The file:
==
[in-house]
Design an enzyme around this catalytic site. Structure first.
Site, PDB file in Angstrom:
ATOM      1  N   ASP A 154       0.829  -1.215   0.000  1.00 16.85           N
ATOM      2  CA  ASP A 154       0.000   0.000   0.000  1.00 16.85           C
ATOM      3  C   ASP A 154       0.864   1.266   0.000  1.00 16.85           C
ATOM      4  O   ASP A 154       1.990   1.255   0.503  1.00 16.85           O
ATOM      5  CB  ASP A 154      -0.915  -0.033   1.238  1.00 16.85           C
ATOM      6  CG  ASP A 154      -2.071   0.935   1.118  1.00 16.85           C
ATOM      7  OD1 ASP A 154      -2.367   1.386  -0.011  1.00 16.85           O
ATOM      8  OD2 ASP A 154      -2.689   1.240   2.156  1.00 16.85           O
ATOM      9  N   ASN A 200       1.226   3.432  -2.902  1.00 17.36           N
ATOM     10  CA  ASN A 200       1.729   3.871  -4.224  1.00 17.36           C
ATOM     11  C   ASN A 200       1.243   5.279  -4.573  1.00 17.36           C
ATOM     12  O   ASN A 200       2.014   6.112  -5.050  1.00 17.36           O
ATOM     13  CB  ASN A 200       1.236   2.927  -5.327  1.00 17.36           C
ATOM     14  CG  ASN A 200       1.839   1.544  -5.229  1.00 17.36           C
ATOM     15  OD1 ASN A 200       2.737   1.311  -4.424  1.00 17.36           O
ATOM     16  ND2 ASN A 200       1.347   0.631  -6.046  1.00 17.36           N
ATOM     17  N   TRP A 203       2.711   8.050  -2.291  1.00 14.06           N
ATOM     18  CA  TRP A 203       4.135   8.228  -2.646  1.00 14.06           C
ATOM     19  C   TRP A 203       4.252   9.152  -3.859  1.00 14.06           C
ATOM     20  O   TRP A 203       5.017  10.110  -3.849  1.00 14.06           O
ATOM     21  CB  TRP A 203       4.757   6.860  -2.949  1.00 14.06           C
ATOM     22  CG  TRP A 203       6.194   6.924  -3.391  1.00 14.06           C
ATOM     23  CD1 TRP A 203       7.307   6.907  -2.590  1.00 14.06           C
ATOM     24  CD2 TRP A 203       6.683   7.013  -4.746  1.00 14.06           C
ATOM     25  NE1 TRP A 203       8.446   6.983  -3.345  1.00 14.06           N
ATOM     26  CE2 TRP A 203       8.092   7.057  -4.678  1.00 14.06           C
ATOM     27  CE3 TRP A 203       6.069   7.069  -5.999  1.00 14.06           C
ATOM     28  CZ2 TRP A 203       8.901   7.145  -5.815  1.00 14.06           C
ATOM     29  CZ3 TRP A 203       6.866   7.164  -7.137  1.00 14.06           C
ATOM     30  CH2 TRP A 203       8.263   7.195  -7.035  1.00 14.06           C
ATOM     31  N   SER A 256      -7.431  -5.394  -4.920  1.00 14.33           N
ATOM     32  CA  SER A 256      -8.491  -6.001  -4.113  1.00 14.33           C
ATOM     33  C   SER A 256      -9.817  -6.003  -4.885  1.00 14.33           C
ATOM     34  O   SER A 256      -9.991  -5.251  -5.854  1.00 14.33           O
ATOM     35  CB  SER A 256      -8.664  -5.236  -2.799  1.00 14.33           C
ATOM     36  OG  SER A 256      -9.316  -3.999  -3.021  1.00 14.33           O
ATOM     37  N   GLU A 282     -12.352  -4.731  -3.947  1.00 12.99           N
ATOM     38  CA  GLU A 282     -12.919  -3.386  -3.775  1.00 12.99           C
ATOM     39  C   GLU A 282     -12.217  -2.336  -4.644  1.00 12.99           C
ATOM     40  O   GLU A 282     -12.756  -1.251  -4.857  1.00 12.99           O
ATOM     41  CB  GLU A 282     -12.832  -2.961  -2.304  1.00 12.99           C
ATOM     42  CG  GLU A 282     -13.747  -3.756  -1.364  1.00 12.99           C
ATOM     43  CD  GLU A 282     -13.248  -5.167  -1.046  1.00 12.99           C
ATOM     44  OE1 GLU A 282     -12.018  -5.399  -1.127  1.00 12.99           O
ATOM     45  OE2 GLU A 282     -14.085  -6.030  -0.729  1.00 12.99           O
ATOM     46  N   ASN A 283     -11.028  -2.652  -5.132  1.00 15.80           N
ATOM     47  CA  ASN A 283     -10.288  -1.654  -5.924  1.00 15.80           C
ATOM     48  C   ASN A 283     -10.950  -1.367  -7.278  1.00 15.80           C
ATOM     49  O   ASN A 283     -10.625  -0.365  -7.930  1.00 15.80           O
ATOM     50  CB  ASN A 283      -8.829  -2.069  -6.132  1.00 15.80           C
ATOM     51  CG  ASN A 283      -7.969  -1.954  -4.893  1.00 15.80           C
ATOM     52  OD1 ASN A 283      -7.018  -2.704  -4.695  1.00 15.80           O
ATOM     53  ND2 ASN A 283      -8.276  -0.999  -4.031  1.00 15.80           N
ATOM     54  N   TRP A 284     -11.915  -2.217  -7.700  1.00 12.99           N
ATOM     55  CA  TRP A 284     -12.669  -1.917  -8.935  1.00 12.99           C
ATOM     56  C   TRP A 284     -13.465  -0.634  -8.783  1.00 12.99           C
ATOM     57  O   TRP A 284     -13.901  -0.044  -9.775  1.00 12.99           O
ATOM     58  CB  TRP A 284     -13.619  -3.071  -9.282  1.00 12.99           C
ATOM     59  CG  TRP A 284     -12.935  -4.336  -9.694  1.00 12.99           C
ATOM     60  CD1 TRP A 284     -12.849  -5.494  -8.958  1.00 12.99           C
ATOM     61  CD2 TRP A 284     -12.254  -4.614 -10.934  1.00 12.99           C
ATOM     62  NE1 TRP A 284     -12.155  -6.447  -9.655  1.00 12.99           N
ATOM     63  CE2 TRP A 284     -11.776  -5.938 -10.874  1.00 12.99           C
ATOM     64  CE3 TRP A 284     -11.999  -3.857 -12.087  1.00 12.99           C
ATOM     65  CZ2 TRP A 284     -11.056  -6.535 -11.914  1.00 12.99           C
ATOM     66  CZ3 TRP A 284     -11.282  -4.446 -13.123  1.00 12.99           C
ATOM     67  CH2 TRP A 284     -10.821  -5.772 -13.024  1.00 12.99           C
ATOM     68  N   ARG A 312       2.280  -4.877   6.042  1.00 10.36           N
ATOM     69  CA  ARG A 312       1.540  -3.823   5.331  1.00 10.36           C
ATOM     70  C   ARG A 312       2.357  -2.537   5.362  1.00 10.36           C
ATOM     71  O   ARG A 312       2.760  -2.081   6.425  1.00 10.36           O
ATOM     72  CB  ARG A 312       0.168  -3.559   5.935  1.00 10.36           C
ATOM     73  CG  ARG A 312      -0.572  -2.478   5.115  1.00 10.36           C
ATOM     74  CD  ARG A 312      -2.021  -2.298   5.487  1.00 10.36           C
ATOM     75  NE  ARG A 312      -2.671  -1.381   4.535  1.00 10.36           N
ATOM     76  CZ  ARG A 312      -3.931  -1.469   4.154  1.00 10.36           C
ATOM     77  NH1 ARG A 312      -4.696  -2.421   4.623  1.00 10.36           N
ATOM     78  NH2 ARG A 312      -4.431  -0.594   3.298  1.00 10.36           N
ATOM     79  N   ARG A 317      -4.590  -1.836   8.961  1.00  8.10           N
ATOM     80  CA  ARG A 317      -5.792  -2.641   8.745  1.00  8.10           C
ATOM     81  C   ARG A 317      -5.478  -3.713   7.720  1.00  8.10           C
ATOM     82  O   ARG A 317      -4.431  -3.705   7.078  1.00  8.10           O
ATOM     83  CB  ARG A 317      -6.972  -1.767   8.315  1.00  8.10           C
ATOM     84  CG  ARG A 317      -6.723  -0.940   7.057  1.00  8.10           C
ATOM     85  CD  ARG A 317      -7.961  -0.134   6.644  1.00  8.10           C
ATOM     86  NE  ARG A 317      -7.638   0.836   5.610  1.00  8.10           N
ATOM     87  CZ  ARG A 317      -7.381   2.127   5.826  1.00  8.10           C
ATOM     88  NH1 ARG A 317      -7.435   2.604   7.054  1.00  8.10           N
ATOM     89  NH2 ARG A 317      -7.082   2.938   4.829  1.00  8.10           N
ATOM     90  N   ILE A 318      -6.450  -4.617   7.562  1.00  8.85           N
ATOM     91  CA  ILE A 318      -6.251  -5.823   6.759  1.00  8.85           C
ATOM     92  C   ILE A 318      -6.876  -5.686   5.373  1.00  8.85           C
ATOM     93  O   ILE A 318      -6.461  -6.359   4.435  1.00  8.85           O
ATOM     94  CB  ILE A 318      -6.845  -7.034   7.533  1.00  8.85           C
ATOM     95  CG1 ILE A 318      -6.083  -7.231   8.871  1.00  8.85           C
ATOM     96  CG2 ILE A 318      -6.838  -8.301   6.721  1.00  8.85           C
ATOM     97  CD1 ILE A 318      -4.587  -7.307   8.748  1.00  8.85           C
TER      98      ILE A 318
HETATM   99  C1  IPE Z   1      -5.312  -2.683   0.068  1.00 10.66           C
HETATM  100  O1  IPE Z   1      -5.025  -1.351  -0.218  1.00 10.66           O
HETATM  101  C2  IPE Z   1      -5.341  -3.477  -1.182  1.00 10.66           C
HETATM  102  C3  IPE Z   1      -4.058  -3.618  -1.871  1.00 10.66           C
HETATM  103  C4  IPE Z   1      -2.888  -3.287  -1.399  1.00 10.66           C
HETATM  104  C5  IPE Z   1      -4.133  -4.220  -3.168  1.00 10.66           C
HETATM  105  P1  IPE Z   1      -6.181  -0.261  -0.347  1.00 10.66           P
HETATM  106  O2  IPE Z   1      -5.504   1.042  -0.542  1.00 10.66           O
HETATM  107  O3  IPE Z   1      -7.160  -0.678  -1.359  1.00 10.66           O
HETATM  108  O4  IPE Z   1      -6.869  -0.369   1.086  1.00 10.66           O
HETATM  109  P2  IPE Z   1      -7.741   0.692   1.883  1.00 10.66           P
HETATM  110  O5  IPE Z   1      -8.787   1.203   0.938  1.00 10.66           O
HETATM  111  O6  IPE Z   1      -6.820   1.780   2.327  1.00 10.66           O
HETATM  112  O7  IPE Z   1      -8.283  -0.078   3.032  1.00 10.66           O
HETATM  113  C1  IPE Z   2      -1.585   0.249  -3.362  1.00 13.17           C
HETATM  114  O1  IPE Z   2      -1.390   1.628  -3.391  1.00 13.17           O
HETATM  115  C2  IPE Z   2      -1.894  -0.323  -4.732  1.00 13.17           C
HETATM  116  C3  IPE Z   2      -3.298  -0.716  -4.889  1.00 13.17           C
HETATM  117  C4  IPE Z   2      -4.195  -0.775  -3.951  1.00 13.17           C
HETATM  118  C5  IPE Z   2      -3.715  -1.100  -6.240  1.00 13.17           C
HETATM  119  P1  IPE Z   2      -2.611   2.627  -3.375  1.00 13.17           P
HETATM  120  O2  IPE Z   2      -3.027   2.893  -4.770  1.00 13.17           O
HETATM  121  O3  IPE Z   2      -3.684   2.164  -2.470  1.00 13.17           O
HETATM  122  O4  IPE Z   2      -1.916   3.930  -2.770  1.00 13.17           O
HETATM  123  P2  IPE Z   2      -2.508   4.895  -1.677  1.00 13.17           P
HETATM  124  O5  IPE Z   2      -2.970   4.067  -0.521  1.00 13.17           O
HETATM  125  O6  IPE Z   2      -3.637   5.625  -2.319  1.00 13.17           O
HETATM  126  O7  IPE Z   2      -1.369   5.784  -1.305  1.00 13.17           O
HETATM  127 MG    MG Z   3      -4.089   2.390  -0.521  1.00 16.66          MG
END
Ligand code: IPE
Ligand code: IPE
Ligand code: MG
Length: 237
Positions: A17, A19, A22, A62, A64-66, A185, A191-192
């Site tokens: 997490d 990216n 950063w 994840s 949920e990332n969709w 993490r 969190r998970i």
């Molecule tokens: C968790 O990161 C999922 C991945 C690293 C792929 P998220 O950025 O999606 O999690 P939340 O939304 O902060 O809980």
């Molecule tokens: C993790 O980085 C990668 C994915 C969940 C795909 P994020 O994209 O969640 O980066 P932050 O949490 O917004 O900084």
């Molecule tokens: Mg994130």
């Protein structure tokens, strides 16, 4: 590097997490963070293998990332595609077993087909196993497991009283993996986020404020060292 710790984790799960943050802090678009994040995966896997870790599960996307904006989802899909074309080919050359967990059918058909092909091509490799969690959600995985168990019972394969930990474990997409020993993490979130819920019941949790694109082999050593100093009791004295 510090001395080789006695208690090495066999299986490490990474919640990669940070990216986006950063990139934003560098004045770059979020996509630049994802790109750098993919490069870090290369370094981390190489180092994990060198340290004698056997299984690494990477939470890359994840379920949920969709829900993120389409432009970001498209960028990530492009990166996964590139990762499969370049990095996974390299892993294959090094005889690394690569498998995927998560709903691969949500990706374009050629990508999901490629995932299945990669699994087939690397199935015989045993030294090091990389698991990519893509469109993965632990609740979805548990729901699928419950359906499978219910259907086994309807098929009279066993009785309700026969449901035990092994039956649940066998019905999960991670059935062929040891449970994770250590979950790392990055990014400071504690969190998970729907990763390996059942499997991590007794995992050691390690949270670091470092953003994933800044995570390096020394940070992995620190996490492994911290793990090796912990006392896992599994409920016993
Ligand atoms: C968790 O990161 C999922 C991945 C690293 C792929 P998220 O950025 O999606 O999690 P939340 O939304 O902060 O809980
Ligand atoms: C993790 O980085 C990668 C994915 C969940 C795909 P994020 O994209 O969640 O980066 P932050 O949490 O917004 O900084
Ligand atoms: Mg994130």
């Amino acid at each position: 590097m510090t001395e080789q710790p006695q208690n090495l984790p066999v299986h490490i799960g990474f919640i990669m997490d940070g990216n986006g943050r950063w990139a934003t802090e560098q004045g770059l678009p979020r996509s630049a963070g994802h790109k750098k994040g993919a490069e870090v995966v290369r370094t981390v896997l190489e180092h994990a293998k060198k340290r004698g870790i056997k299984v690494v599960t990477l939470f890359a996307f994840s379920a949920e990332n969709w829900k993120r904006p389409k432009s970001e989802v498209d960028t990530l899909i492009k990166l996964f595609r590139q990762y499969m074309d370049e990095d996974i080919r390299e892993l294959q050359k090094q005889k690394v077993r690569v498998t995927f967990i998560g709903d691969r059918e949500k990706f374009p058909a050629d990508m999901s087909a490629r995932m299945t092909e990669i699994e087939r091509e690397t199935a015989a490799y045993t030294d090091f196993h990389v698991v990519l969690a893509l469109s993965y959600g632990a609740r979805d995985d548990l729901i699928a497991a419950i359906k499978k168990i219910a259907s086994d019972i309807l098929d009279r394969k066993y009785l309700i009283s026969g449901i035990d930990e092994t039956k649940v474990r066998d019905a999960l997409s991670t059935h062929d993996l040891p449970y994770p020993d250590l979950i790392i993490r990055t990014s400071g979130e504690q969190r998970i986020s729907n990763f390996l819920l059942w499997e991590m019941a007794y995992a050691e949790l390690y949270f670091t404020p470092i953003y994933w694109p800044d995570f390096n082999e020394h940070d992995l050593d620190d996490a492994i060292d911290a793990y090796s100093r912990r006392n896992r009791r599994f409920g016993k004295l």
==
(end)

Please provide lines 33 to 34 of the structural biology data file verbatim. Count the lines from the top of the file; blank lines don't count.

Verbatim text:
ATOM     30  CH2 TRP A 203       8.263   7.195  -7.035  1.00 14.06           C
ATOM     31  N   SER A 256      -7.431  -5.394  -4.920  1.00 14.33           N